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|incunabulum (netherlands) #inc 003 cd|
tetuzi akiyama / jozef van wissem “hymn for a fallen angel” compact disc
- it never rains but it pours (14:49)
- silver angels across the way (5:52)
- the cry of the hawk (3:04)
- the road of excess leads to the palace of wisdom (3:27)
- southern cross (7:16)
- dark is the sun (9:41)
- no murmur at the door, so frequent on its hinge before (8:08)
|second disc from the improv duo of tetuzi akiyama (acoustic guitar) and jozef van wissem (lute) ; as the pair begin to have more of an understanding for each other’s modus, the music relies less on their individual roles and more on shared vocabulary...|
sparkling, intimate recording; you can almost hear the tiny glass shards from tetuzi’s bottleneck fly off & assault the mic in regular intervals...
|incunabulum press release...|
tetuzi akiyama / jozef van wissem
hymn for a fallen angel
tetuzi akiyama - martin hd-28 guitar, bottle neck
jozef van wissem - baroque lute, bottle neck, edits
barcode: 6 89076 54794 9
minimal classical contemporary folk blues played by japanese rising improv star guitarist tetuzi akiyama and dutch / american lute player / composer jozef van wissem, their second cd as a duo.
jozef van wissem / tetuzi akiyama
many guitar-players in the contemporary scene take a restrained, not-in-your-face approach to playing the guitar, an approach that is often highly personal and seemingly anti-virtuoso. they bring the guitar in new directions, in areas that maybe even derek bailey and keith rowe did not touch upon, drawing us even further into the specific sound of the guitar. one could think for instance of anette krebs, taku sugimoto or olaf rupp. and, of course, one should mention the tetuzi akiyama.
tetuzi akiyama initiated the famous off-site series of improvised music in tokyo (together with toshio nakamura), a series that became one of the birth-places of 'silent' electro-acoustic improvisation. as a guitar player akiyama has performed solo, and cooperated and recorded with amongst others taku sugimoto, günther müller, jason kahn and bo wiget. sometimes these collaborations lead to very sparse improvisations, with sounds that are on the brink of silence; sometimes they resulted in a layering of sound combining bleeps, clicks, shrieking electronics with relentless, yet not necessarily loud, sounds from akiyama's guitar. in his playing of both nylon- and steelstring acoustic guitars, and various electric guitars, akiyama focusses very much on resonance and timbre. this is most apparent on what is without doubt his most appealing release until now: the aptly titled don't forget to boogie (2004). on this cd akiyama plays the most rudimentary blues-licks often using a distorted guitar sound. he repeats the same lick over and over again, until it begins to 'boogie', and in the monotony of the repeated lick he brings out various overtones and rhythmic figures and little noises that are idiomatic to this type of guitar playing, but would normally be suppressed. the result is pure rapture and hypnotizes the listener, it is exuberant, restrained and minimal at the same time. although in his duo with van wissem we probably will not hear the 'rock 'n roll'-side of akiyama (his latest band seems to be called the satanic abandoned rock 'n roll society), there is even in akiyama's playing of the nylon string guitar, some sort of grainy, rudimentary influence of the blues – filtered through 40 years of improvised music.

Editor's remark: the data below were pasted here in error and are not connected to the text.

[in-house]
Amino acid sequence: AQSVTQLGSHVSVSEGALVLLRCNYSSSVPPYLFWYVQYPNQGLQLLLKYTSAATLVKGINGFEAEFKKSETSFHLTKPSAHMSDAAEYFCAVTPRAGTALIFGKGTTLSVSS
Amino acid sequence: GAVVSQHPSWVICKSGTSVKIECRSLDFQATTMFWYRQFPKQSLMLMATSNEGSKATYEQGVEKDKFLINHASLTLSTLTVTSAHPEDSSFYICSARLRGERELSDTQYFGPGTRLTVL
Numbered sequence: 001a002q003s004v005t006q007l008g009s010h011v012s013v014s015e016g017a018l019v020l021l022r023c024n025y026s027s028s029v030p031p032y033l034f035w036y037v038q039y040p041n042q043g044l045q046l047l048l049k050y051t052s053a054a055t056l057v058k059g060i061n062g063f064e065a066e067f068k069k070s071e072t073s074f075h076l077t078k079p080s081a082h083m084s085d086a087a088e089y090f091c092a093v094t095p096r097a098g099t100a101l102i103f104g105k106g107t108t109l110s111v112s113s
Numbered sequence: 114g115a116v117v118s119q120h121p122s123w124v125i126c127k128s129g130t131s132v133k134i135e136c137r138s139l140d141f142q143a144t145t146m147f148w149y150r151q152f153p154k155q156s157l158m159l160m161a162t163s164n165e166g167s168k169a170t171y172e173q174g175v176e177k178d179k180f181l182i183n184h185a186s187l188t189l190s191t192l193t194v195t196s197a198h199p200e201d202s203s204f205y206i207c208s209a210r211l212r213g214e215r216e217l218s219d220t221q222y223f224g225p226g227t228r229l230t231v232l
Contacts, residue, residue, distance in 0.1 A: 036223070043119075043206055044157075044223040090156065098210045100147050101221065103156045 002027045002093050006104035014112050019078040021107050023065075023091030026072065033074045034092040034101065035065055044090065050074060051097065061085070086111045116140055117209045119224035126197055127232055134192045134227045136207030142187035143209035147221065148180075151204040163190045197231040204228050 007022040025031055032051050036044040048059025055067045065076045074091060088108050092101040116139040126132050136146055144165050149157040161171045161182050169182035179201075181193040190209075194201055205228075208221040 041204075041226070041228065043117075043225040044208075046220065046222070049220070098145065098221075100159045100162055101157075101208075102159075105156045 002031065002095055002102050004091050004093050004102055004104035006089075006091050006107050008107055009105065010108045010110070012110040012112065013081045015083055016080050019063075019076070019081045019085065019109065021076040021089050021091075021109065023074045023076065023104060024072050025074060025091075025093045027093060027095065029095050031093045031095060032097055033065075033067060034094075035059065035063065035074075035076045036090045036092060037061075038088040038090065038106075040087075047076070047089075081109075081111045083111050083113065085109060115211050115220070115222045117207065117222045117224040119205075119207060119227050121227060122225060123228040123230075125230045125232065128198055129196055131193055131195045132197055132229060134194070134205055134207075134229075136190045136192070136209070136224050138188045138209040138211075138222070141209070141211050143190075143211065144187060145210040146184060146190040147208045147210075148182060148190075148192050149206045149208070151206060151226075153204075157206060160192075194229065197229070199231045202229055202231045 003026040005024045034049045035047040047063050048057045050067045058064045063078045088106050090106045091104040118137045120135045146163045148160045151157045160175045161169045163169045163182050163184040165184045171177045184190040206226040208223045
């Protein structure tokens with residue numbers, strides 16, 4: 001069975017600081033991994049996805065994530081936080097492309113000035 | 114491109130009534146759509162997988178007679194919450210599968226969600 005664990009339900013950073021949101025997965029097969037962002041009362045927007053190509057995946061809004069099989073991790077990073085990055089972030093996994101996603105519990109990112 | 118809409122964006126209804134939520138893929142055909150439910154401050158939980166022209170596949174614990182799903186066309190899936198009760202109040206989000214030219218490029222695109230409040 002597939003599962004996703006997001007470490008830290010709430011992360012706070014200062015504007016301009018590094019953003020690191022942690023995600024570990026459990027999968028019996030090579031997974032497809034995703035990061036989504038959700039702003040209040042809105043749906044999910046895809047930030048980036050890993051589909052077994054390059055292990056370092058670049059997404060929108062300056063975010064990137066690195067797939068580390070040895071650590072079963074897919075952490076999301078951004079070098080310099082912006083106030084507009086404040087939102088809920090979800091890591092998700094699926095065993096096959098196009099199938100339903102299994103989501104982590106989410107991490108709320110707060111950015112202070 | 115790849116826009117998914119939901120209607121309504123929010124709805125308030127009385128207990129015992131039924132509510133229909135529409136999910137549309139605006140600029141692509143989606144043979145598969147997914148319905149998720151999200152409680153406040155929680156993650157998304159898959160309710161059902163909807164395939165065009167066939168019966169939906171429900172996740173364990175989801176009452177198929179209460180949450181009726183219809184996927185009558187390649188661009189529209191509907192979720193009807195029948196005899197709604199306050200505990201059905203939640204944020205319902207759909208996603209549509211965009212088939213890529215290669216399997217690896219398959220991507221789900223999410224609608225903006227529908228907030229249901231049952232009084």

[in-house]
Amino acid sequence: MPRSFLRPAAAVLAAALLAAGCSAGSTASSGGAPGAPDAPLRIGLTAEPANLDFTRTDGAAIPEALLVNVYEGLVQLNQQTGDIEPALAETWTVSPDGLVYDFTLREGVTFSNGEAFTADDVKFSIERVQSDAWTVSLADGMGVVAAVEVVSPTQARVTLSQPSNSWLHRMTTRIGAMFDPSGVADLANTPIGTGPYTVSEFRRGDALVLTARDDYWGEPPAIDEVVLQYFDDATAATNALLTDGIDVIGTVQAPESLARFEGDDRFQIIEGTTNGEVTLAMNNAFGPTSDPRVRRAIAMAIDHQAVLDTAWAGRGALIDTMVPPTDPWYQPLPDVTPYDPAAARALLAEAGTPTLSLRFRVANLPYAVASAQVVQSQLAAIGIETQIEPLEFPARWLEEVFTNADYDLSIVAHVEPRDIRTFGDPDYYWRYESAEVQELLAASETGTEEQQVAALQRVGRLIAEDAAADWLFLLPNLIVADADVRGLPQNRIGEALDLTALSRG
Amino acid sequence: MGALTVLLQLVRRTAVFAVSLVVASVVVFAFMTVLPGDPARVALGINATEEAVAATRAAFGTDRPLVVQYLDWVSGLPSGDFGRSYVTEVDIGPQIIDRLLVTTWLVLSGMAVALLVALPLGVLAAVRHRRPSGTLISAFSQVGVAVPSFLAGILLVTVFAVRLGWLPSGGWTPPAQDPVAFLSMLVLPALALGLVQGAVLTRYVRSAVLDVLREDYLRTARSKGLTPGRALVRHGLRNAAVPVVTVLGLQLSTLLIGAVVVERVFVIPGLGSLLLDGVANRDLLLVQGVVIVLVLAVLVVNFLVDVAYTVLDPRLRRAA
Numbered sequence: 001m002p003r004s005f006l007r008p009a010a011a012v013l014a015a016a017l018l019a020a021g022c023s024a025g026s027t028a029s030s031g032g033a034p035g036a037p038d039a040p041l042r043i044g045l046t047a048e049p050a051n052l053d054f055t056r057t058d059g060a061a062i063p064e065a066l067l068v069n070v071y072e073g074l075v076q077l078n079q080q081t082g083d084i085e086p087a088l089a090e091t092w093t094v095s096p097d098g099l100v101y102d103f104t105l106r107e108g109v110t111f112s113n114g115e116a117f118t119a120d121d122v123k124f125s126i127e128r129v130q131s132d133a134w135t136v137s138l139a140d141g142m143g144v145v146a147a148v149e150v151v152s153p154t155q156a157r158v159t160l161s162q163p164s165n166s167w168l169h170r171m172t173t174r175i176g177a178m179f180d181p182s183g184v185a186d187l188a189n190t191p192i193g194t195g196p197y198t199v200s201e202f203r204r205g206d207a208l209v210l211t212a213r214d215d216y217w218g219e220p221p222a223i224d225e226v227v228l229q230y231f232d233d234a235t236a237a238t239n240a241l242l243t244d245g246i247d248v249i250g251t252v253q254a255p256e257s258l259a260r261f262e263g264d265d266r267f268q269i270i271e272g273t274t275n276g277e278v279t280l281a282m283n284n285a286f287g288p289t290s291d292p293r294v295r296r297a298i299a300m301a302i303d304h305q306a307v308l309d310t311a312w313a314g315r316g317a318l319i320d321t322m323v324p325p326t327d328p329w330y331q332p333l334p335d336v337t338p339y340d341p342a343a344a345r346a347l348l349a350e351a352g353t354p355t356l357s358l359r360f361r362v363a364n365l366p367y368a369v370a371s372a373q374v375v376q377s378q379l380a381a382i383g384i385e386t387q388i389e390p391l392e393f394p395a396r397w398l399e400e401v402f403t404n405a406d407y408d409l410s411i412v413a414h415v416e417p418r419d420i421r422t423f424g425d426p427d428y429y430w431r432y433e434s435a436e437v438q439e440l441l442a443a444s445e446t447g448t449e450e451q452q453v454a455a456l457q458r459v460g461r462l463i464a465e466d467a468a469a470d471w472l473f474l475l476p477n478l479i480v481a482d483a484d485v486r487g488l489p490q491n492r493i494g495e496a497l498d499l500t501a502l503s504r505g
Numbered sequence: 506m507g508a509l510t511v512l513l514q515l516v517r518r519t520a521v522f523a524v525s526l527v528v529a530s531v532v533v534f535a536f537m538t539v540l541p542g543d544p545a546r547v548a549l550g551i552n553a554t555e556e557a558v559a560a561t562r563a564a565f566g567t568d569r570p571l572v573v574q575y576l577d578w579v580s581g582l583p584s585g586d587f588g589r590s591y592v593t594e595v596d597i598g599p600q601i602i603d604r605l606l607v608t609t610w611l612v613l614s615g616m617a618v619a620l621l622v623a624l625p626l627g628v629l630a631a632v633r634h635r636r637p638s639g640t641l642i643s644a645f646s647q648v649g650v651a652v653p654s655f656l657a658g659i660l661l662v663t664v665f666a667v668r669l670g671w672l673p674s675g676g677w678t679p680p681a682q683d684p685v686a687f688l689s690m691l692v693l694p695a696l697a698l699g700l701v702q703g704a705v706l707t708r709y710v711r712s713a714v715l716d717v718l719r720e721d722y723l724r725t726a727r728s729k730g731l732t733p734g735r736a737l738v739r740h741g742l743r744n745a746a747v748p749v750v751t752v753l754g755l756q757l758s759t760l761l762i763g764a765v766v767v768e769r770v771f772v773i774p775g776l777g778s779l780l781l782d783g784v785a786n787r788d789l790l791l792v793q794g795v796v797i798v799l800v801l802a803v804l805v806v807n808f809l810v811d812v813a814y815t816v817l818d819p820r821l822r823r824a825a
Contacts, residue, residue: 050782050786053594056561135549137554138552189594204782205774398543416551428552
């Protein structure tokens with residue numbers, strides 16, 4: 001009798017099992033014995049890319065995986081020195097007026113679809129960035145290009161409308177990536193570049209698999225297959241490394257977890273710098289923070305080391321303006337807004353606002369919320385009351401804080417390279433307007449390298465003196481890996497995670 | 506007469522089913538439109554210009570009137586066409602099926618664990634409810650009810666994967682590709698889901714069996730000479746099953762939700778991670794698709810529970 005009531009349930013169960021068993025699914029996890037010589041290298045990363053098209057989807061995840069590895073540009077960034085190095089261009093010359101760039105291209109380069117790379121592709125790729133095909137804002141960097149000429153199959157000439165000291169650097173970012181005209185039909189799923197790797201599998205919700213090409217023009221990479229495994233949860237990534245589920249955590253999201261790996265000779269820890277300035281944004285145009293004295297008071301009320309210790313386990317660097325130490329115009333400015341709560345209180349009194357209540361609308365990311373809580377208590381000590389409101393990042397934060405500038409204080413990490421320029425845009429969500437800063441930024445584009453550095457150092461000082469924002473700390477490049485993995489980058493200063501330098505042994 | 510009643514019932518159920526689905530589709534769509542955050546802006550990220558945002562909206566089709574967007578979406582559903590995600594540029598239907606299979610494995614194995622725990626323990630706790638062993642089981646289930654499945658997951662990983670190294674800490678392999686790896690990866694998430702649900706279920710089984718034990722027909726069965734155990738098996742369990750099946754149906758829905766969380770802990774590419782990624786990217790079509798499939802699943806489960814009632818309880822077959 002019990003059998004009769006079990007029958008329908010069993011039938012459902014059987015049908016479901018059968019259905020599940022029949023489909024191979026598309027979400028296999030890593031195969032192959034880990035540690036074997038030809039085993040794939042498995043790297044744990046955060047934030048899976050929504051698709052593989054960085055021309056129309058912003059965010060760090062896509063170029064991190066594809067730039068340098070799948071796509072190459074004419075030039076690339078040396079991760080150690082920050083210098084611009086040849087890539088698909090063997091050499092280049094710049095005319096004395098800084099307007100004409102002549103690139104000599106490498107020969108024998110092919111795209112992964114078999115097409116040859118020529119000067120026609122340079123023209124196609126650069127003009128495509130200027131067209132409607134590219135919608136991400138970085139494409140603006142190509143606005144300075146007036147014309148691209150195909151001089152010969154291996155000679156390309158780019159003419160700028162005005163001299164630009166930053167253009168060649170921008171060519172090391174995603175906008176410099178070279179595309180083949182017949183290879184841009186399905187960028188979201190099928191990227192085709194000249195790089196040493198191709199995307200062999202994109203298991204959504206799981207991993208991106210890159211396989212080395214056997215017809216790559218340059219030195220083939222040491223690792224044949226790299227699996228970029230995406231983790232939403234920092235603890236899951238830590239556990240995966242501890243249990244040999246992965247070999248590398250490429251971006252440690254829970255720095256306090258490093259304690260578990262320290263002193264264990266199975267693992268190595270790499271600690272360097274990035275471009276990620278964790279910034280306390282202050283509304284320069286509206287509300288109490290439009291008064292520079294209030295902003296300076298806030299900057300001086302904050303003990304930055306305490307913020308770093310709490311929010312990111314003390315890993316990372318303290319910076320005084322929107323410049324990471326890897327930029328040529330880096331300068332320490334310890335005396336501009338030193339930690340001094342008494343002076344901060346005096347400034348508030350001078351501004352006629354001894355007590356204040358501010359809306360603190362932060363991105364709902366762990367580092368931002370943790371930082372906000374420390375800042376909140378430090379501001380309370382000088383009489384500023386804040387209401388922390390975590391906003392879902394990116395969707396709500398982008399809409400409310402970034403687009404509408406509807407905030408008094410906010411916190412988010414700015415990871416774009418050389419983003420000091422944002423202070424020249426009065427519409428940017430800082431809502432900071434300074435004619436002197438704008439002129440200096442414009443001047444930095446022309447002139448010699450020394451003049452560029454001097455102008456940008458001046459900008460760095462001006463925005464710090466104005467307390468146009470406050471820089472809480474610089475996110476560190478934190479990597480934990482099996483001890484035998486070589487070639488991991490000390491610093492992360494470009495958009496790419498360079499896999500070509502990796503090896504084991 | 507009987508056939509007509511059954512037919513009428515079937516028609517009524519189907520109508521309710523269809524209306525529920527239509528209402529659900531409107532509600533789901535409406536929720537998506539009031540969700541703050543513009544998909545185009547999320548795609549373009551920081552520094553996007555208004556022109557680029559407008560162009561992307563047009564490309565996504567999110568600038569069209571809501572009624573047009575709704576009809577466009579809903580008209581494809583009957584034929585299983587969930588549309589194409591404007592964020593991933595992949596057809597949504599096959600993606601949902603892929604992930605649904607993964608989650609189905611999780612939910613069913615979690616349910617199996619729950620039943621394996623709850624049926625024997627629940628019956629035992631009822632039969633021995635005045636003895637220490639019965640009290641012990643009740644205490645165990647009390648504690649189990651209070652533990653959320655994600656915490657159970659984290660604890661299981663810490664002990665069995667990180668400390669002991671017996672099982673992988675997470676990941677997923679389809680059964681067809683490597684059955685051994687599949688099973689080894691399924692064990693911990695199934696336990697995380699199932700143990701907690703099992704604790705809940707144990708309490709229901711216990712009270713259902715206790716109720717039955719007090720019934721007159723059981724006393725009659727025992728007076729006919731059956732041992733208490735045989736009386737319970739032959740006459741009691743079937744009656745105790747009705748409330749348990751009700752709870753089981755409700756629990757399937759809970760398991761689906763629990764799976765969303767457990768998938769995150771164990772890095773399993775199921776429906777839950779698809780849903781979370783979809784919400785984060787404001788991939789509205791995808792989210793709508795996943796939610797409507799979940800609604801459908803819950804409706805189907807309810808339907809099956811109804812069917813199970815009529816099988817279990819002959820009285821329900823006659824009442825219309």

jozef van wissem probably plays the most unlikely instrument in the world of contemporary improvised music: the renaissance lute. he has accomplished the strange feat of bridging the idiom of seventeenth century lute literature and twenty-first century free improv of the silent type – especially in his working duo with tetuzi akiyama. although van wissem uses subtle electronic sound manipulation, he has largely stayed faithful to the particular timbre, resonance and playing technique of the lute. this turns out to blend particularly well with akiyama's prepared guitar. van wissem first came to be noticed a few years ago because of his radical conceptual approach to renaissance lute music: he deconstructed existing compositions, for instance by playing them backwards. he also composed his own pieces for lute, using palindromes and mirrored structures. his music therefore does not have a traditional linear progression, nor leads to a climax, it rather stays on the same level of intensity. his music is quiet and not so much demands concentrated listening, as it will bring the listener in a state of concentrated listening – an aspect that makes van wissem a natural ally of the current post-reductionist improvising musicians. van wissem also manages the bv/haast label, and performs regularly around the world in duo with guitar-wizard of captain beefheart-fame, gary lucas.